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Prince gives Keating a hand

IT'S official: that infamous hand on the back by the Australian Prime Minister, Paul Keating, did not insult the Queen.

The incident, in March 1992 in Canberra, when Mr Keating put his arm around the Queen to ease her through a crowd, created an uproar. British tabloids screamed 'Hands off our Queen, Cobber,' and 'The Lizard of Oz'. But according to Prince Charles, the Palace's reaction was 'no worries'.

In his last Australian television interview before leaving for New Zealand, the Prince of Wales was asked whether he was insulted by the episode. 'No. Nor was the Queen,' he replied. He continued: 'This is the problem. They (the media) use these things as a stick to beat someone with if they want to.'

It's all very well blaming the media in order to boost one's republican credentials, but the performance must have been missed by the rabid New Zealand anti-monarchist lying in wait for Prince Charles in Auckland.

Shouting that he wanted to 'remove the stink of royalty', the man sprayed air-freshener at the Prince. Castislav Sam Bacanov, a 58-year- old Yugoslav immigrant, has a record of direct action in the republican cause. In 1986 he threw horse manure at a car carrying the visiting King Juan Carlos and Queen Sofia of Spain. Police said Mr Bacanov was an eccentric who was 'certainly no threat' to the Prince. But what about the ozone layer?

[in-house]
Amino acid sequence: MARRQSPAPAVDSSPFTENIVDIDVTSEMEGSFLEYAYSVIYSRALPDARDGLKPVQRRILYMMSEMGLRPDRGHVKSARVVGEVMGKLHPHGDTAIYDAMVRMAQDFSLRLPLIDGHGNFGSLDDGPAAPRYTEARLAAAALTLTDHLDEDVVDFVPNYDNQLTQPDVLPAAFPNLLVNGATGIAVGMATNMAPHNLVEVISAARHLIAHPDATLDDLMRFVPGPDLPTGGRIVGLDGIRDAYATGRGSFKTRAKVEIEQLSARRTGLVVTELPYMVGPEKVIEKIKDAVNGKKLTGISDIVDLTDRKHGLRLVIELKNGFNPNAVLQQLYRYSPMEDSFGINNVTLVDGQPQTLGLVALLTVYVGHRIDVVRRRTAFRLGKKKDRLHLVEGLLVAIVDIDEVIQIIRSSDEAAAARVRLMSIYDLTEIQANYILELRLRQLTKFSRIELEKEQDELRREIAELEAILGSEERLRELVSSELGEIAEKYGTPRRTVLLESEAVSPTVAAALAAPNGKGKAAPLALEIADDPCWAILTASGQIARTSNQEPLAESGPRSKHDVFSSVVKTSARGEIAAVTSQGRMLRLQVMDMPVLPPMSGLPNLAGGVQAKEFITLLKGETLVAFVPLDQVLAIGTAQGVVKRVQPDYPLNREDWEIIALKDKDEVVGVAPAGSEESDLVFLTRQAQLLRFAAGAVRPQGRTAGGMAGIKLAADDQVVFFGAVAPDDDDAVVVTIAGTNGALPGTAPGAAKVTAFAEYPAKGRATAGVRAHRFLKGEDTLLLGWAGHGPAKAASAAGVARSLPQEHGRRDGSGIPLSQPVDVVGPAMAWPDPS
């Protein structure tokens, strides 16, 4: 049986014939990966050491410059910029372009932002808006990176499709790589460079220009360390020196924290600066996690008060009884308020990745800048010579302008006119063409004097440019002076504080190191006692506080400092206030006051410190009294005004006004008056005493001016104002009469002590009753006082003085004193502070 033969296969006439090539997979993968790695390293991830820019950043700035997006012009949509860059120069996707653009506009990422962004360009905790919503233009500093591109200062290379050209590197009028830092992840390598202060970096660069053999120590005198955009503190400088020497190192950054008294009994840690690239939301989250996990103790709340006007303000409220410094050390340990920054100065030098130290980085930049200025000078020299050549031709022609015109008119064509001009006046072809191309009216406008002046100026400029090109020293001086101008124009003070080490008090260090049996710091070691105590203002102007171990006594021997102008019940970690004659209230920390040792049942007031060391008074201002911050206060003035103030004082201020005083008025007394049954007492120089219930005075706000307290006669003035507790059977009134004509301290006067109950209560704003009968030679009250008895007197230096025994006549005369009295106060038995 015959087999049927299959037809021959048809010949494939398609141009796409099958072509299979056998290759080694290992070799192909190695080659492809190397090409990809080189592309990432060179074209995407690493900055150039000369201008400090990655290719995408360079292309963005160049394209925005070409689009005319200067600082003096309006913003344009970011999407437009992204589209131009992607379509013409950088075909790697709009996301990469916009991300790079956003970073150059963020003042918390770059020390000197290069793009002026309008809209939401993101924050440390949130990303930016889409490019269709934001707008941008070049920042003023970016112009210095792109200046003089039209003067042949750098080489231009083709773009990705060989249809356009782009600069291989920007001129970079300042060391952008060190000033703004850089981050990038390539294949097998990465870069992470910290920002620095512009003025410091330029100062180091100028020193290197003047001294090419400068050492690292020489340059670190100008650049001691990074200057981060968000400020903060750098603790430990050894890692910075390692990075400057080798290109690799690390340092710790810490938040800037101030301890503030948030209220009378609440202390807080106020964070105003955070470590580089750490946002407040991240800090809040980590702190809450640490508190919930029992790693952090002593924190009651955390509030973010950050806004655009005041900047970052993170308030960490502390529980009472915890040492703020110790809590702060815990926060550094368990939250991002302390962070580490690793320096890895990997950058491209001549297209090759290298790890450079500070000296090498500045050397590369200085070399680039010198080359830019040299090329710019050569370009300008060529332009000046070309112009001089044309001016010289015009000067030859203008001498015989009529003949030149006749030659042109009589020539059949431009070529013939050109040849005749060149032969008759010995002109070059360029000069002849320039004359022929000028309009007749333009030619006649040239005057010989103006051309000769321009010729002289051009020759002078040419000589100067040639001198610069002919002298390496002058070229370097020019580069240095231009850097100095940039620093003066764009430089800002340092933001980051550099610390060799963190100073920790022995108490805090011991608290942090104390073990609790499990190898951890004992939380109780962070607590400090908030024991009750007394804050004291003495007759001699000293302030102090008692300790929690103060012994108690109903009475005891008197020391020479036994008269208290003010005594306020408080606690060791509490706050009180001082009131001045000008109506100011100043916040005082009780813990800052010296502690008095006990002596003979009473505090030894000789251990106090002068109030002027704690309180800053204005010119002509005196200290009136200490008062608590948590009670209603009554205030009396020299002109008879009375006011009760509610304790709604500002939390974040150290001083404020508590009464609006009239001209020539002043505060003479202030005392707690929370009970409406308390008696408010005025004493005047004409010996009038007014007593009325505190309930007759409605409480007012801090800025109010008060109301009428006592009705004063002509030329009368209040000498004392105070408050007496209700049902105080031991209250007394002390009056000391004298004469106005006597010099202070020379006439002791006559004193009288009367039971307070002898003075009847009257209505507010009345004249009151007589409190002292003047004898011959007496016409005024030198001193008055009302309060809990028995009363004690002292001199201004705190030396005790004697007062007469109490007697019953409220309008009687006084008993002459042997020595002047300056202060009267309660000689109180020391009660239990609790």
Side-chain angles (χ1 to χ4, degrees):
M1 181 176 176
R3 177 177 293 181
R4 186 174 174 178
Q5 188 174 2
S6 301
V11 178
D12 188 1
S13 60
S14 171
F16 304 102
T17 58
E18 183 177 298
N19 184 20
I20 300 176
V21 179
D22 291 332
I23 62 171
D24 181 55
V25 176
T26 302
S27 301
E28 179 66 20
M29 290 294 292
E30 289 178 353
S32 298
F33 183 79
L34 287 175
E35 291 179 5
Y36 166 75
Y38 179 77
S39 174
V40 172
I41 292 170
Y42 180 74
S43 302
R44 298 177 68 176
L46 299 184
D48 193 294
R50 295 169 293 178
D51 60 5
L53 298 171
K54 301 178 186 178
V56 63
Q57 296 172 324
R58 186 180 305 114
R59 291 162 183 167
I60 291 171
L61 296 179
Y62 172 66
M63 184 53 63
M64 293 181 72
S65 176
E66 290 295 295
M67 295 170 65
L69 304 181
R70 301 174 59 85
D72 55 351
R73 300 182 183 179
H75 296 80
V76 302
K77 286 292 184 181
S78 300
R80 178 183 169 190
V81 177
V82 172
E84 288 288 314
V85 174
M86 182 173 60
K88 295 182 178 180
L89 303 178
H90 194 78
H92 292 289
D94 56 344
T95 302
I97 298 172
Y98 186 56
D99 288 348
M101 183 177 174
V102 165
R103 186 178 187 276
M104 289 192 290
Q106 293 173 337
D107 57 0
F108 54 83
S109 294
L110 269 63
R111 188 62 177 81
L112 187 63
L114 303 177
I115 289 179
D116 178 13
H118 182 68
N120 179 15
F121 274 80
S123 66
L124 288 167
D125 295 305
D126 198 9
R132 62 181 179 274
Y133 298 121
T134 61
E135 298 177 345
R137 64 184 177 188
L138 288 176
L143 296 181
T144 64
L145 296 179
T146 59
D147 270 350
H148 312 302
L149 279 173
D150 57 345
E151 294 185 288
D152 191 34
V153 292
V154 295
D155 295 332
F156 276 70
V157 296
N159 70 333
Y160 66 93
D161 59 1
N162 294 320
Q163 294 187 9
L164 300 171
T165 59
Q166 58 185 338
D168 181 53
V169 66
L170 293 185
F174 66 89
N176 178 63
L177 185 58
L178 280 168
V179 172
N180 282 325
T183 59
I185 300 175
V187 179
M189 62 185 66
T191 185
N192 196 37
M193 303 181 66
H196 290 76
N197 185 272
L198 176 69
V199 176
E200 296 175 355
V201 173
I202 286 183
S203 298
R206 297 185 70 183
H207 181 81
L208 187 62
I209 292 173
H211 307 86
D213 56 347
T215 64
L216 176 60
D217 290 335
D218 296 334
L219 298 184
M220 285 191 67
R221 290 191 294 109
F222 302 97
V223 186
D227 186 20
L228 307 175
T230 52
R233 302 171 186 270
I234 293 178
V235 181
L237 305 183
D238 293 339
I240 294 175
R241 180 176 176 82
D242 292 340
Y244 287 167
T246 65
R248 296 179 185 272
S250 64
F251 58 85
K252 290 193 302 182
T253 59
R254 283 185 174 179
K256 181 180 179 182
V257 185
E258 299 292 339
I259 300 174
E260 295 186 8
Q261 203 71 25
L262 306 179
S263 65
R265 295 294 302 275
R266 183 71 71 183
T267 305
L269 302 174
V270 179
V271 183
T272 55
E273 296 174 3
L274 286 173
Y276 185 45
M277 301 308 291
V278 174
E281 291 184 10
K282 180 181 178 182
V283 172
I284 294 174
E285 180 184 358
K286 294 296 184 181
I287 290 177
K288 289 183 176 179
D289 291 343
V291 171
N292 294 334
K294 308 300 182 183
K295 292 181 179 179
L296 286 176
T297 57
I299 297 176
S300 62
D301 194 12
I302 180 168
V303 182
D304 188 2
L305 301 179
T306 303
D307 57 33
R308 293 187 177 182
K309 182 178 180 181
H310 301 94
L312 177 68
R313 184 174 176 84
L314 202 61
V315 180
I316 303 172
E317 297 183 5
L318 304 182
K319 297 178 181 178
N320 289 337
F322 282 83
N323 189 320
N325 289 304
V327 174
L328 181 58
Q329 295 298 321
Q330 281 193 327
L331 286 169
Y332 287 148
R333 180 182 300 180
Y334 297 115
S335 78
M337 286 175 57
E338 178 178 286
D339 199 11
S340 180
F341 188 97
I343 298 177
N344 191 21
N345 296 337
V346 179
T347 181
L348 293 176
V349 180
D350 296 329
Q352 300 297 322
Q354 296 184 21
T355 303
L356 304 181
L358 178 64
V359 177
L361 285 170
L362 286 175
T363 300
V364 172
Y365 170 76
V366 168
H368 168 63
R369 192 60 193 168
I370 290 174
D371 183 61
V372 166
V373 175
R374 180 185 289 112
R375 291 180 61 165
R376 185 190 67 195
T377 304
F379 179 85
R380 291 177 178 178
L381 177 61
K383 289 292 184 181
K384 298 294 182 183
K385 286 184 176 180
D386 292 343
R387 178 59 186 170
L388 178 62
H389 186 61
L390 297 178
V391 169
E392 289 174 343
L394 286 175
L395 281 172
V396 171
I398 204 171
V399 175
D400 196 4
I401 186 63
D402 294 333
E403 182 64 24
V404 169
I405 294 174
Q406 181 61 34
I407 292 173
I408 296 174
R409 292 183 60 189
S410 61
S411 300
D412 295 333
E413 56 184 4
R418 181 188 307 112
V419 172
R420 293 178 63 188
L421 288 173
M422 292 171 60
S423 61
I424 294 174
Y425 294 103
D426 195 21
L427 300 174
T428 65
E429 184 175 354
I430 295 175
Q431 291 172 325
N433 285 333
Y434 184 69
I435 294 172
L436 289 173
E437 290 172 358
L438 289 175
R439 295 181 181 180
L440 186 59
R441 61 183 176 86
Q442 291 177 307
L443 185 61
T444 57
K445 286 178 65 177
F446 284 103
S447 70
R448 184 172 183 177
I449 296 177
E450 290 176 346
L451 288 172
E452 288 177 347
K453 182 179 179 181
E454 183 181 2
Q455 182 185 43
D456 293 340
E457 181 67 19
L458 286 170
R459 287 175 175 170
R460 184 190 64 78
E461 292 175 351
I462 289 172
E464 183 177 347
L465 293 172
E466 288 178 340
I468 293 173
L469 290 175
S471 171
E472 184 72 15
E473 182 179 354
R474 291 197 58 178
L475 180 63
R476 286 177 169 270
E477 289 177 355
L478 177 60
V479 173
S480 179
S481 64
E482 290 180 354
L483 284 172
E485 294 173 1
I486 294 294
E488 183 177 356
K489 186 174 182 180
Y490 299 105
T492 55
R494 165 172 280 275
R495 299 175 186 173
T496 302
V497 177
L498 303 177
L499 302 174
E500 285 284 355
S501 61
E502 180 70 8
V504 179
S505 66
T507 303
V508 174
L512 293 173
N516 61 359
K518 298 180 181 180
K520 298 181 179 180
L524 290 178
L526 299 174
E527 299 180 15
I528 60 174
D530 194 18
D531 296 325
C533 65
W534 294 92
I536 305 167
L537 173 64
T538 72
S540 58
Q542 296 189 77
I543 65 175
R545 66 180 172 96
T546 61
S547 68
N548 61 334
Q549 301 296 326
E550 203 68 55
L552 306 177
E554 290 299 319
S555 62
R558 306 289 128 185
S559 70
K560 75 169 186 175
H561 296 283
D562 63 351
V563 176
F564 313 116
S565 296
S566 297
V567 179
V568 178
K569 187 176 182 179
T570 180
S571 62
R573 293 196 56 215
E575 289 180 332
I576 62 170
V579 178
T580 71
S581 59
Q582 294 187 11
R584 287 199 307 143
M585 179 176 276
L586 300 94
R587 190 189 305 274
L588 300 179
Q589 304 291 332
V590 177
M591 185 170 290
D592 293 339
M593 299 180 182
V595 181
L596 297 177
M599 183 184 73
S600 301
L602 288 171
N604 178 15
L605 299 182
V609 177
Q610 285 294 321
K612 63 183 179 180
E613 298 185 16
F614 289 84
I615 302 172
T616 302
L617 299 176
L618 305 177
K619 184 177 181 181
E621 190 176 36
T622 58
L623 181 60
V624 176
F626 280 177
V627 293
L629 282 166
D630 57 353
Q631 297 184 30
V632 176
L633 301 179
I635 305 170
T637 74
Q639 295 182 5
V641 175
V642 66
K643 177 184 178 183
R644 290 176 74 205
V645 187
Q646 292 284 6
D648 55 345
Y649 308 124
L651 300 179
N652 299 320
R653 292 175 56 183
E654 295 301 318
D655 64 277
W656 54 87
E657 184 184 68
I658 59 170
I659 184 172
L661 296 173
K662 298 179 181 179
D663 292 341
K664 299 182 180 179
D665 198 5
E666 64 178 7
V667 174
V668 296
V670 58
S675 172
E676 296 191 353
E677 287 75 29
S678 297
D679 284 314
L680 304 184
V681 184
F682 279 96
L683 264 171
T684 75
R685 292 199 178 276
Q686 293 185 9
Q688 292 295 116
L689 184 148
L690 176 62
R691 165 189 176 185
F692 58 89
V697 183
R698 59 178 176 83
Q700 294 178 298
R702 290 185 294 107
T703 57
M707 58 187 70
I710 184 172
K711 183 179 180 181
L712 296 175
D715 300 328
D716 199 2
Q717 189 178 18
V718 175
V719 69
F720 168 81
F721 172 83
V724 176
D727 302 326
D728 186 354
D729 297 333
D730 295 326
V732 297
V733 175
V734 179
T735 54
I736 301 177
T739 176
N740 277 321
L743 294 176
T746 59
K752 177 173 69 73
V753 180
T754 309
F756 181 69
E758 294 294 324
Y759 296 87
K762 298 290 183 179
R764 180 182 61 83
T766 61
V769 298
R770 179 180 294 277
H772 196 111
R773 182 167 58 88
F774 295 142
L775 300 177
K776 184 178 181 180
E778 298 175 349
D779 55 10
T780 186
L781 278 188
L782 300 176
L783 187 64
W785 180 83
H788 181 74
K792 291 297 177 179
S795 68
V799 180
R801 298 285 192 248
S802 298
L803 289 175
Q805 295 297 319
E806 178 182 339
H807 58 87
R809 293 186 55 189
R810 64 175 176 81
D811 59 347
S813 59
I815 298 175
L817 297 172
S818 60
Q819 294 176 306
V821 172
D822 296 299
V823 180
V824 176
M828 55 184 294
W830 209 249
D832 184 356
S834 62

MEANWHILE, Douglas Hurd, the Foreign Secretary, has had to come to the rescue of another embodiment of the British imperium, the Governor of Hong Kong; only this time it is his own side that has been beastly to him.

Sir Percy Cradock, who negotiated the 1984 treaty to return Hong Kong to China in 1997, took none too kindly to Chris Patten's democratic reforms. Britain, he says, would be indefensibly reckless and risk a vicious backlash from Peking if Mr Patten were allowed to implement reform unilaterally.

So blunt have been his attacks that Mr Hurd has been provoked to deliver a public rebuke. In an interview with a Hong Kong daily, Mr Hurd accused Sir Percy of being out of touch with recent changes in the colony. 'His view was formed at a time when there was no strong political feeling in Hong Kong and when the overwhelming wish of the people in Hong Kong was for a quiet life and agreement with China,' he said.

It certainly looks as if life will continue to be exciting for the colony - a third reform bill, containing Mr Patten's most controversial reforms, is expected in March.

MR PATTEN can at least expect a reasonably warm welcome home after handing Hong Kong over in 1997. Not so the exiled Russian author Alexander Solzhenitsyn, who is gloomy about the prospects of returning home after 20 years. Mr Solzhenitsyn says he expects fierce resistance, even physical threats, against his intention to serve as a 'moral compass' for his country.

He told the weekly New Yorker magazine that he was returning, with his literary work now behind him, to fulfil his duty to Russian society, but not to play an overt political role.

(Photograph omitted)